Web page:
Democrats got the wake-up call.
In 2020, Jill Karofsky, a liberal, ousted conservative Dan Kelly – the loser in Tuesday’s election – from the court. This year, high-profile surrogates including Barack Obama and Hillary Clinton weighed in on the race. The liberal podcast Pod Save America hosted an episode focused on the race in Madison.
The race was also the most expensive in US history, with spending topping $42m, nearly tripling the previous record for an American judicial election. Protasiewicz was able to keep up with a flood of spending from outside groups backing Kelly. She raised at least $14.5m, nearly $9m of which came from the state Democratic party, according to recent campaign finance reports. Those huge contributions were enabled by a Republican effort to weaken campaign finance laws.
“It has taken a while to get this kind of focus, but we are on a hot streak,” Mandela Barnes, the former state lieutenant governor, who ran an unsuccessful US Senate campaign last year, said in an interview on Tuesday.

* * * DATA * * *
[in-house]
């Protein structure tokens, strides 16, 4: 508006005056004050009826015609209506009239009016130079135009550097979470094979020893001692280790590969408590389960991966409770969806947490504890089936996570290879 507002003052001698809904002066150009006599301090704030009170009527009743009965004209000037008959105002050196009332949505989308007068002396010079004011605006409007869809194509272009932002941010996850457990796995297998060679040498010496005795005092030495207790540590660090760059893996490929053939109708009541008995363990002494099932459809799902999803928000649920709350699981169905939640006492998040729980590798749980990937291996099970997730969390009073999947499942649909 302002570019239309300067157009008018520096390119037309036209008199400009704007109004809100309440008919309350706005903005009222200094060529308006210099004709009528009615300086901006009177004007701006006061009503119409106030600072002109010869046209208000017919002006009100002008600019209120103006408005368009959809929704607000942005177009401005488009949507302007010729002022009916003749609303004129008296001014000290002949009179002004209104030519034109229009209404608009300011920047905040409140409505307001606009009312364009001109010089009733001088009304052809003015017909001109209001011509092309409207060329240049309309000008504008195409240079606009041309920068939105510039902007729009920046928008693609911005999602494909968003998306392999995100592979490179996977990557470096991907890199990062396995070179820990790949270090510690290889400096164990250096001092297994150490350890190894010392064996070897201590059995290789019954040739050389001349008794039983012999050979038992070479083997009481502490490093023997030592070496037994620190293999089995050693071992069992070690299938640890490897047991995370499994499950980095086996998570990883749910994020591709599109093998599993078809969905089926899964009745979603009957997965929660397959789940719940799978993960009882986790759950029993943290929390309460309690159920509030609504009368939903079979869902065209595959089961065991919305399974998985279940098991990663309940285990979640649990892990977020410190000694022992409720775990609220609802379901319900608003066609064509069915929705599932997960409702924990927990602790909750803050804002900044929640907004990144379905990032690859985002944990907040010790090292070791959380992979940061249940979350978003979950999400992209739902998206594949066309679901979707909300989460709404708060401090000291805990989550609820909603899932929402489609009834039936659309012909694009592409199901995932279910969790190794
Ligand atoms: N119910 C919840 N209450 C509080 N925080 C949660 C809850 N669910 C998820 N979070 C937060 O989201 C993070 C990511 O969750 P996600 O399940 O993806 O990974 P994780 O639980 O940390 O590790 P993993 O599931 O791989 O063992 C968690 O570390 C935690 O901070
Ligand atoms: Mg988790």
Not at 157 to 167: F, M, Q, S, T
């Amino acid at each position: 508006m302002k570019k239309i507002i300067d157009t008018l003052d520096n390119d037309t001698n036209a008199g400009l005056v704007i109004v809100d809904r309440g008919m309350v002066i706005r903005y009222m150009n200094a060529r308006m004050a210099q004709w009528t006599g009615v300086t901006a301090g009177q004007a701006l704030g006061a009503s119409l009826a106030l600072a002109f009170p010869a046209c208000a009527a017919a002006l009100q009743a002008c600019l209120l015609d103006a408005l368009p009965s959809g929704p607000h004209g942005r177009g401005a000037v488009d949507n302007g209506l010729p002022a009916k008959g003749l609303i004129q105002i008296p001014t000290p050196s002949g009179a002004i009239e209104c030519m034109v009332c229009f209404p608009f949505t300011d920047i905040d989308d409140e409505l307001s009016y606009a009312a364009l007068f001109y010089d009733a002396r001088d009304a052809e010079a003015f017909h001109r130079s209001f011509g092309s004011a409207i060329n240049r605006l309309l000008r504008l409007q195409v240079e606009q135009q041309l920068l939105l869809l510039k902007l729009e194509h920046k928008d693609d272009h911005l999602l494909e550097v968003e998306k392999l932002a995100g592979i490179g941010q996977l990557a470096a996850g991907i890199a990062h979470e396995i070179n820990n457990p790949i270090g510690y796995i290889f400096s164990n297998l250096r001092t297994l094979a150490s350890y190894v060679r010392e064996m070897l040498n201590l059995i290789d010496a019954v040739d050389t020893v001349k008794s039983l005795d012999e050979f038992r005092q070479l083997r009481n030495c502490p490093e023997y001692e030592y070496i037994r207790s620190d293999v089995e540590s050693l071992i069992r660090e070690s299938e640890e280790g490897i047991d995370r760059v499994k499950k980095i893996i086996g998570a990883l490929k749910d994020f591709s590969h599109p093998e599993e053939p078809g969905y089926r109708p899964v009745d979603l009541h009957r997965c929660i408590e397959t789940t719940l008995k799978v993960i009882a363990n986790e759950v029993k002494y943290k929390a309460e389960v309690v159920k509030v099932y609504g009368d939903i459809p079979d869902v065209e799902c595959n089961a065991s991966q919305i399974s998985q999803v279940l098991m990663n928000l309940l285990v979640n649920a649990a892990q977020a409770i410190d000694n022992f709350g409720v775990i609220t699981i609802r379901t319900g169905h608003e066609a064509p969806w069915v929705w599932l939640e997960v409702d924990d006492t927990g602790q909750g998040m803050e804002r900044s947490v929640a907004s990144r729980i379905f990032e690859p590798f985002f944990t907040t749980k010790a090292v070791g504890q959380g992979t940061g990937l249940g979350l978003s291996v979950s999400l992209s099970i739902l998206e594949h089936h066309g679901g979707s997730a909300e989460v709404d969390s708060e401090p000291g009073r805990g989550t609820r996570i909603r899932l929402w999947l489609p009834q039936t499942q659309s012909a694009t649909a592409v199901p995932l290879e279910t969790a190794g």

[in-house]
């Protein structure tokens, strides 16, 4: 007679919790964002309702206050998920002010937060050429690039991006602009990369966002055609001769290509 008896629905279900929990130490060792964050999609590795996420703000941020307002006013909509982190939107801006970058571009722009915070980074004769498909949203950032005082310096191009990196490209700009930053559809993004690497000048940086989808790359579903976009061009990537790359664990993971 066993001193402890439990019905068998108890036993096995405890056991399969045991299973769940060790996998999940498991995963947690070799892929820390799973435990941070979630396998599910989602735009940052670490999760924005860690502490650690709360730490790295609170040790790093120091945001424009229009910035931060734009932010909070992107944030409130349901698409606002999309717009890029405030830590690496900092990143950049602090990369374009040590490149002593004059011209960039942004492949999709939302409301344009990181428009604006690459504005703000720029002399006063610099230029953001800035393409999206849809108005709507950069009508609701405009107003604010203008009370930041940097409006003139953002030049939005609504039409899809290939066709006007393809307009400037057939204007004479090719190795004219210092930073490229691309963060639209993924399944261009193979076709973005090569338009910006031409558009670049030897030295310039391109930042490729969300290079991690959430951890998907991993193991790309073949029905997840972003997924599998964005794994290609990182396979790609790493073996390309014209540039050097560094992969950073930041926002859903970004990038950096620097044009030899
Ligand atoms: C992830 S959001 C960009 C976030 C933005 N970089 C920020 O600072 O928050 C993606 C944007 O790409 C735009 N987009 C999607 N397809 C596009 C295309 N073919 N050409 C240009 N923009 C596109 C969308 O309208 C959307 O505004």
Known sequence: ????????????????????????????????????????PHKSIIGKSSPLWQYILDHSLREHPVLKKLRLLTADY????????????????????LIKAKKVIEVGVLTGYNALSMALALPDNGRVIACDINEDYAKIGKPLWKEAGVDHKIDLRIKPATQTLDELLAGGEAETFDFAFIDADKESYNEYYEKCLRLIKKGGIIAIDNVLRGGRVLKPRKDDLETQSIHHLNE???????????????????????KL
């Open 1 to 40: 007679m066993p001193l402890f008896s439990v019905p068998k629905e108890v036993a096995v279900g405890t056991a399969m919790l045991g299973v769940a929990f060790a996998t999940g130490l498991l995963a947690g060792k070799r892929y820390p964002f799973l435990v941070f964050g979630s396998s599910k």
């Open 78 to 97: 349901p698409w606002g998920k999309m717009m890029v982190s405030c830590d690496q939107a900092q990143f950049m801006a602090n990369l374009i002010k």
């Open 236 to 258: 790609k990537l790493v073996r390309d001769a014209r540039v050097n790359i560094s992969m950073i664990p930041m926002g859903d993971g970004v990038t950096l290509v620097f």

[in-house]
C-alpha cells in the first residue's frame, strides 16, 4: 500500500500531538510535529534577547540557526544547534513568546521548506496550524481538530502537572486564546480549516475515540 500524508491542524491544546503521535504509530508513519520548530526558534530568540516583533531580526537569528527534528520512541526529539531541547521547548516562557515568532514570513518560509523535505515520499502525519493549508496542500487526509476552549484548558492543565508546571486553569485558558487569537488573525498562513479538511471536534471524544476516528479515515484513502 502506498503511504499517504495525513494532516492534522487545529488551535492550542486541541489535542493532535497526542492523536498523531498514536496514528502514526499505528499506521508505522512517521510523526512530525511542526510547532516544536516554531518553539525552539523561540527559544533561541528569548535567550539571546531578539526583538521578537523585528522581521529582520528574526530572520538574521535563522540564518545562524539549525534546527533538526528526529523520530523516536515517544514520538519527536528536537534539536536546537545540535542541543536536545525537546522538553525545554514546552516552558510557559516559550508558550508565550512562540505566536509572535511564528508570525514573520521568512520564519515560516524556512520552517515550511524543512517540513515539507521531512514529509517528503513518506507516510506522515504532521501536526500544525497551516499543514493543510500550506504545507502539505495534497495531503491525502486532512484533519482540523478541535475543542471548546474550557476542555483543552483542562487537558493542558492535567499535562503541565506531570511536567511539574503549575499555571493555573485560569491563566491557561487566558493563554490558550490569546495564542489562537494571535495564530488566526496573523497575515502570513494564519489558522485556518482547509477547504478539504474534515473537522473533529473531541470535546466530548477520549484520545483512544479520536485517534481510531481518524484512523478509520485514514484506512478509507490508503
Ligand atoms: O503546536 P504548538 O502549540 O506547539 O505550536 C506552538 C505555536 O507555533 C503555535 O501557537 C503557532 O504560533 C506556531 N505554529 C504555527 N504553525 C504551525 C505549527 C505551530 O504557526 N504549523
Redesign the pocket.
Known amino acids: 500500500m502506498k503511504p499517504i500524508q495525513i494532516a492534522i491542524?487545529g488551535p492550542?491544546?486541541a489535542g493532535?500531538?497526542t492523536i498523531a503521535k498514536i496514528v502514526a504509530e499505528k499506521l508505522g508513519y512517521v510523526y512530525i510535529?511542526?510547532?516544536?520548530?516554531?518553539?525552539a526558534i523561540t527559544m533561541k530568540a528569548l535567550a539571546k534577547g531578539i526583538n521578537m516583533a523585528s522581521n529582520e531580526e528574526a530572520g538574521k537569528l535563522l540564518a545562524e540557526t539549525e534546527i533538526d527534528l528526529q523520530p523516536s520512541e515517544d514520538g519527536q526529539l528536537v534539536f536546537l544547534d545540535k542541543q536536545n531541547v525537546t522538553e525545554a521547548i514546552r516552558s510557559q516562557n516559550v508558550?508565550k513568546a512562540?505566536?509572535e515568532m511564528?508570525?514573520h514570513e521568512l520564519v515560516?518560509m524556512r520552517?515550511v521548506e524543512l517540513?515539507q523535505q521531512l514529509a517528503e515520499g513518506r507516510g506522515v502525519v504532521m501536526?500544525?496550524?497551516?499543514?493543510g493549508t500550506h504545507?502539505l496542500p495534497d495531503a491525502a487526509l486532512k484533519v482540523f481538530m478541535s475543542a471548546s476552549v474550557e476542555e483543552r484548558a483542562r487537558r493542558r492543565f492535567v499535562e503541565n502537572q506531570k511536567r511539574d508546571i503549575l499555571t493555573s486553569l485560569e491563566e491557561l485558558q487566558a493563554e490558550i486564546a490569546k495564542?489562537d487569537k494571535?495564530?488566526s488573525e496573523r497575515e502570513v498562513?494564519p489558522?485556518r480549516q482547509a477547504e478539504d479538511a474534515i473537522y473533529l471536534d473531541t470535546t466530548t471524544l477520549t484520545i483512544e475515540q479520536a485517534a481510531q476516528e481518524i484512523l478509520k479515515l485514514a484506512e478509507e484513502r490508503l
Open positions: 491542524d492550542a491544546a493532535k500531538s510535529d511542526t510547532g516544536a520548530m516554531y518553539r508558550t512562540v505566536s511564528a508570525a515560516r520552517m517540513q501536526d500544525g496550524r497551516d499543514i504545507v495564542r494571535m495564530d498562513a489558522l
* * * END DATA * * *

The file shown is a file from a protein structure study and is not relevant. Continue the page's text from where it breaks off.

“We built a presidential-scale campaign through the state party and then never stopped. And that’s why we were able to win the governor’s race and now a state supreme court race,” Ben Wikler, the chair of the Wisconsin Democratic party said at Protasiewicz’s election night party in Milwaukee, where he could be seen dancing off to the side of the stage where the newly elected justice gave her remarks. “That’s possible when you don’t shut everything down after every election.”
New maps could have a big effect in places like the Milwaukee suburbs, where Republicans wiped out Democratic gains last year by redrawing district lines. Sarah Harrison, a Democrat who unsuccessfully ran for one of those redrawn seats in the state assembly, was ecstatic at Protasiewicz’s watch party on Tuesday evening.
“For me to think that we might get a fair map is outstanding,” she said. “It’s going to mean our voters can be represented “appropriately”. She declined to say directly whether she would run again for the state legislature.
Protasiewicz’s victory marks the latest in a series of consequential down-ballot wins for Democrats. Last year, the party flipped both chambers of the state legislature in Michigan and the state senate in Minnesota. They also have since been able to win control of the Pennsylvania state legislature.